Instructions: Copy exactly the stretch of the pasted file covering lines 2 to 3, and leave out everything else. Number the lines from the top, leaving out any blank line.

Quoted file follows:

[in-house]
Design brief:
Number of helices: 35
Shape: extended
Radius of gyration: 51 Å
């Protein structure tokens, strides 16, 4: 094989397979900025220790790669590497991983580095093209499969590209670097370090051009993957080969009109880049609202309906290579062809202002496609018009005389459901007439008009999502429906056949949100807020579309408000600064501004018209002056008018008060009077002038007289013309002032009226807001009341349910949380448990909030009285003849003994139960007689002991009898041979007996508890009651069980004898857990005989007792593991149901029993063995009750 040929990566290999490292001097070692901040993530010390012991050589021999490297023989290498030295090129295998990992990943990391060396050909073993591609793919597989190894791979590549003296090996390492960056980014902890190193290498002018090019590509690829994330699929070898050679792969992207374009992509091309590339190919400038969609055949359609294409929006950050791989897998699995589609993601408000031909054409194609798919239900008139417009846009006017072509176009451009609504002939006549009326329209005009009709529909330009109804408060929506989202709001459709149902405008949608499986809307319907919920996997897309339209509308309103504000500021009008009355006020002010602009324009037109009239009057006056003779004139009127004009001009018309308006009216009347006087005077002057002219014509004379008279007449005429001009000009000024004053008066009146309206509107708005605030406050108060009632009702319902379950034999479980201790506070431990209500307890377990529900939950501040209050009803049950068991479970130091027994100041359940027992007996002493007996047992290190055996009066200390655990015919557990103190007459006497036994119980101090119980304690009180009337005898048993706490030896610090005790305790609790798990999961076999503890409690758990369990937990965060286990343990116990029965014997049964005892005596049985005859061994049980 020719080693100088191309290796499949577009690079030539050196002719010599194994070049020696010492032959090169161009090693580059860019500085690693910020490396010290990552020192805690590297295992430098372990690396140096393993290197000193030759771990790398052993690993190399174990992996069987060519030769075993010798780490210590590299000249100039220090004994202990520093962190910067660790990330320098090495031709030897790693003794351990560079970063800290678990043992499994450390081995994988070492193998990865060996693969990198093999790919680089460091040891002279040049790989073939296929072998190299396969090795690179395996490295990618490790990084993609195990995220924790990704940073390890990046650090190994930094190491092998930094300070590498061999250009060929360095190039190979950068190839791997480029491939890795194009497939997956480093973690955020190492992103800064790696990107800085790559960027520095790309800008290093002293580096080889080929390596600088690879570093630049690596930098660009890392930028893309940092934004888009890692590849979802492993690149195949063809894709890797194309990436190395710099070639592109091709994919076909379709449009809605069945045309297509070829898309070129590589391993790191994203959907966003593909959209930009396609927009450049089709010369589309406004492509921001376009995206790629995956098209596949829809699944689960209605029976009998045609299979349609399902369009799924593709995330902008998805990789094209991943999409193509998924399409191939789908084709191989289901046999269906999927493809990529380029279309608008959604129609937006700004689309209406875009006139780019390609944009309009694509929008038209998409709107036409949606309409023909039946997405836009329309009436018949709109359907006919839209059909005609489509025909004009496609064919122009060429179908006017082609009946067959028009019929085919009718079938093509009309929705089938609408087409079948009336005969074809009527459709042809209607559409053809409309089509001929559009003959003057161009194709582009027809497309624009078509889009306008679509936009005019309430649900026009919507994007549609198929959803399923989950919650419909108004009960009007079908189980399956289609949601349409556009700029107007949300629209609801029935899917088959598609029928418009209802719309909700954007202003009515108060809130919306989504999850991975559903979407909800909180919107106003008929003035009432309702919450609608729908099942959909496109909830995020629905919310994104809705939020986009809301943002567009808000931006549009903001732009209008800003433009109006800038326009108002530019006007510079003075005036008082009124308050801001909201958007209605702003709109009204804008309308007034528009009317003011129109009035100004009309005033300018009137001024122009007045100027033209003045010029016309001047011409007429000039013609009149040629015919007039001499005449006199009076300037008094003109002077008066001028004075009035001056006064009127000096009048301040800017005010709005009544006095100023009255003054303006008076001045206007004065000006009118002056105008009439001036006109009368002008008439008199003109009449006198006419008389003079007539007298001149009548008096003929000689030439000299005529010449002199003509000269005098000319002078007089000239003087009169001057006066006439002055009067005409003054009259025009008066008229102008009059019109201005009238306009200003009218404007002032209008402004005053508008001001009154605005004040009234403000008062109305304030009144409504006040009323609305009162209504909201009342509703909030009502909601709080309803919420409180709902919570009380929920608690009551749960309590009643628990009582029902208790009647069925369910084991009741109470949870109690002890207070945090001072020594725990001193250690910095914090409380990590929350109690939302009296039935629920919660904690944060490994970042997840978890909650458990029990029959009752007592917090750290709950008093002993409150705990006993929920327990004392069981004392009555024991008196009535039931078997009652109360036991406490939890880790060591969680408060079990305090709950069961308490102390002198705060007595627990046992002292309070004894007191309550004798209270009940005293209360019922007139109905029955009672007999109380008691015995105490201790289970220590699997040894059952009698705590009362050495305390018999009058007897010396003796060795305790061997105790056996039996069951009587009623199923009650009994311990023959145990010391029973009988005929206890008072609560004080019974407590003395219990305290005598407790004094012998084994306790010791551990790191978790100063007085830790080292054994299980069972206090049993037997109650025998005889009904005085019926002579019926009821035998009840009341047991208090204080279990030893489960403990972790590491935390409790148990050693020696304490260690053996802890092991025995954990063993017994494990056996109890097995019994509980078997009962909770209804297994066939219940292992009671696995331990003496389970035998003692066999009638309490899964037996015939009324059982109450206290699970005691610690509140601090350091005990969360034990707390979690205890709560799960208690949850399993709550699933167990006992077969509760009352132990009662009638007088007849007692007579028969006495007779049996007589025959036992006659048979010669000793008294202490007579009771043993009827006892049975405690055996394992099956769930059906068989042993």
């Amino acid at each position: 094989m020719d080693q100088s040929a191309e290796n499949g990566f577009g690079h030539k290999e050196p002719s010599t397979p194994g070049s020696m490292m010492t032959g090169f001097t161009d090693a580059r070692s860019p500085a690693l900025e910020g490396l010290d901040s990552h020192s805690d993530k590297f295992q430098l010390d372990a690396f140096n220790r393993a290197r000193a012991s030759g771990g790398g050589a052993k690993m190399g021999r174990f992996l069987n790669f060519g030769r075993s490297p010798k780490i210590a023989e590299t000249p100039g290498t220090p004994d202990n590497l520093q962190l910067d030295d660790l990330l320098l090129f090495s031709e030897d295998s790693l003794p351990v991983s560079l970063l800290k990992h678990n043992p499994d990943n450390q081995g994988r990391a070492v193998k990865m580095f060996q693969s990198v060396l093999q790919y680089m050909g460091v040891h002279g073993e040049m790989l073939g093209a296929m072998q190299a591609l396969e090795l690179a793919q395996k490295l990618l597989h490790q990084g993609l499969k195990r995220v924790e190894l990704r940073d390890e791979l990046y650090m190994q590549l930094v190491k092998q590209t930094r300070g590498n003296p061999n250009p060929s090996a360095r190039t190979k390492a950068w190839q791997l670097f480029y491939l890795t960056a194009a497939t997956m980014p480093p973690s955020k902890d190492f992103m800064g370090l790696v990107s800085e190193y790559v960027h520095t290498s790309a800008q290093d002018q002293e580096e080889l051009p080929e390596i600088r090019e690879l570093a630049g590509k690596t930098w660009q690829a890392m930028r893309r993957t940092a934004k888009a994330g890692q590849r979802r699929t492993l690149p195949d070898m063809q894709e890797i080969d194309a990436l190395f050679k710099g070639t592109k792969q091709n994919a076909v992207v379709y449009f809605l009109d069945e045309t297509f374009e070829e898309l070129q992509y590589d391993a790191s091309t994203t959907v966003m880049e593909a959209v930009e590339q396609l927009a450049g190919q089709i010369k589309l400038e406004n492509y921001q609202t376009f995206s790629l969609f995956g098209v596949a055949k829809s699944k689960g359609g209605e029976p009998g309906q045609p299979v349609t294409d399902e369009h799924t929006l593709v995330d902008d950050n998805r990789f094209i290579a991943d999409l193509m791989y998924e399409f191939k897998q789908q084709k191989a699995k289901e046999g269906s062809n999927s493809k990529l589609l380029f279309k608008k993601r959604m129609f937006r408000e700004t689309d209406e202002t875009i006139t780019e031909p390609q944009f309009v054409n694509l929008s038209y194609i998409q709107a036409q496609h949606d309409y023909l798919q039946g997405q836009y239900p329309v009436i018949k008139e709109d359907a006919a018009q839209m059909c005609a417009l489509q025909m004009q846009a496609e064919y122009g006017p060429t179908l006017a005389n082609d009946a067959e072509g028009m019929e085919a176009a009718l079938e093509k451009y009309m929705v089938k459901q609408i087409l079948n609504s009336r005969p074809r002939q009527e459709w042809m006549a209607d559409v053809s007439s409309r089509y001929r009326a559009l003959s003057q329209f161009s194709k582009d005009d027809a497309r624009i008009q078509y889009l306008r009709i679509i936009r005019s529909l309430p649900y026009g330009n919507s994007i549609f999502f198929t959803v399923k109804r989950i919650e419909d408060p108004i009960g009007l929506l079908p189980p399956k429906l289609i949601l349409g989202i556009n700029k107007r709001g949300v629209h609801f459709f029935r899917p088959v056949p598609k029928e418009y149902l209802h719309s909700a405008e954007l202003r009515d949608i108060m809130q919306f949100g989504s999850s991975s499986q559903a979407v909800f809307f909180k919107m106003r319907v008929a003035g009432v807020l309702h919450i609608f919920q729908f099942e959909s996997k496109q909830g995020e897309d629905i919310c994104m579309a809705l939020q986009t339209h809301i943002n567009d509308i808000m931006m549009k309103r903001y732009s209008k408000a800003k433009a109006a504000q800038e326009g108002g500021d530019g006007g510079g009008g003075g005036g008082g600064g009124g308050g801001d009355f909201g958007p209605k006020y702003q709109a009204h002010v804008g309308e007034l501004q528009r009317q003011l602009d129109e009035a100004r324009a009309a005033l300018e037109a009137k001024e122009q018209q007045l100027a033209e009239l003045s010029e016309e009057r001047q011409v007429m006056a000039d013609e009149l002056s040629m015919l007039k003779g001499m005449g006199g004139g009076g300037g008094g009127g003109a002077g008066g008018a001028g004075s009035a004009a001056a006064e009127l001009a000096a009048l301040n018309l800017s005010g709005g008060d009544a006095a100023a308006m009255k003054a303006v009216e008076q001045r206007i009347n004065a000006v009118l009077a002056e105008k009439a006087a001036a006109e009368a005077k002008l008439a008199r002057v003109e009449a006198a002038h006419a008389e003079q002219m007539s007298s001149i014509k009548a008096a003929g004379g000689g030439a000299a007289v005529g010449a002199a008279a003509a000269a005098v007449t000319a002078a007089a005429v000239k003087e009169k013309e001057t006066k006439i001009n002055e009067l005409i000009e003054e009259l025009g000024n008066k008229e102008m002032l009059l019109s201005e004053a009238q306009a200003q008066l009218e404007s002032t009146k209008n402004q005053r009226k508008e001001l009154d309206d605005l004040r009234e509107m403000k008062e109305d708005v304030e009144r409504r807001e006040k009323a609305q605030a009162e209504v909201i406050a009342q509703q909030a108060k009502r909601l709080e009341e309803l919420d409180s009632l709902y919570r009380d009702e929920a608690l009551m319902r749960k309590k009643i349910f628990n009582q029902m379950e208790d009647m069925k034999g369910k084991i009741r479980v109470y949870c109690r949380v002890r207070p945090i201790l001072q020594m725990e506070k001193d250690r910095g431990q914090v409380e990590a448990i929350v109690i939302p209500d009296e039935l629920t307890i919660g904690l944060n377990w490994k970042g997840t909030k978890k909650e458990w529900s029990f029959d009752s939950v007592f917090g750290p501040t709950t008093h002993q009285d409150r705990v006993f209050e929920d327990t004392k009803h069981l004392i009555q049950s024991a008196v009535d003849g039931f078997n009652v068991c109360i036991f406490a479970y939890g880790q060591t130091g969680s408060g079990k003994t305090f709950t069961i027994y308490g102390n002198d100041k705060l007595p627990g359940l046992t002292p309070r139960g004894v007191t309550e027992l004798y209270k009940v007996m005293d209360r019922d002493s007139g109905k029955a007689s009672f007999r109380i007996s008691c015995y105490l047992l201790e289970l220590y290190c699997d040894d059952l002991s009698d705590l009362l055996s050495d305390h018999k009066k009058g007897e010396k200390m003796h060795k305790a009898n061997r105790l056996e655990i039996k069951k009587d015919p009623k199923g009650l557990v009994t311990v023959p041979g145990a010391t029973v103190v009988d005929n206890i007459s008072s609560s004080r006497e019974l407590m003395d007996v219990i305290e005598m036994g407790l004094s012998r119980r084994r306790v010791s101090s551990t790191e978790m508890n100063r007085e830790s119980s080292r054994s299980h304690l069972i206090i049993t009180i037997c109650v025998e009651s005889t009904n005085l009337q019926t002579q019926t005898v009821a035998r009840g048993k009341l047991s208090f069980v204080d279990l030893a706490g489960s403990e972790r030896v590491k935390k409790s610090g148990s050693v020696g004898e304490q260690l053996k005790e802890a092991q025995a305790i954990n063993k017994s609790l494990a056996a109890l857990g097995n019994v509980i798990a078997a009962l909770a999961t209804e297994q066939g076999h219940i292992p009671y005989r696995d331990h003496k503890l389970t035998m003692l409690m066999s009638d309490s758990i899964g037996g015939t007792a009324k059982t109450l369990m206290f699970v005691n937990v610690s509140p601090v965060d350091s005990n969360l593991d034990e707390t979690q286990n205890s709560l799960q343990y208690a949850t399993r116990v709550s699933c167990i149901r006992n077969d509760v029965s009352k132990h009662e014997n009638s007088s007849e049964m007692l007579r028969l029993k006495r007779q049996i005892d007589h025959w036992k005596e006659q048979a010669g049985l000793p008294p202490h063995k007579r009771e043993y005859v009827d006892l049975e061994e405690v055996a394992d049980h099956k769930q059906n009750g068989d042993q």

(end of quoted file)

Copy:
Design brief:
Number of helices: 35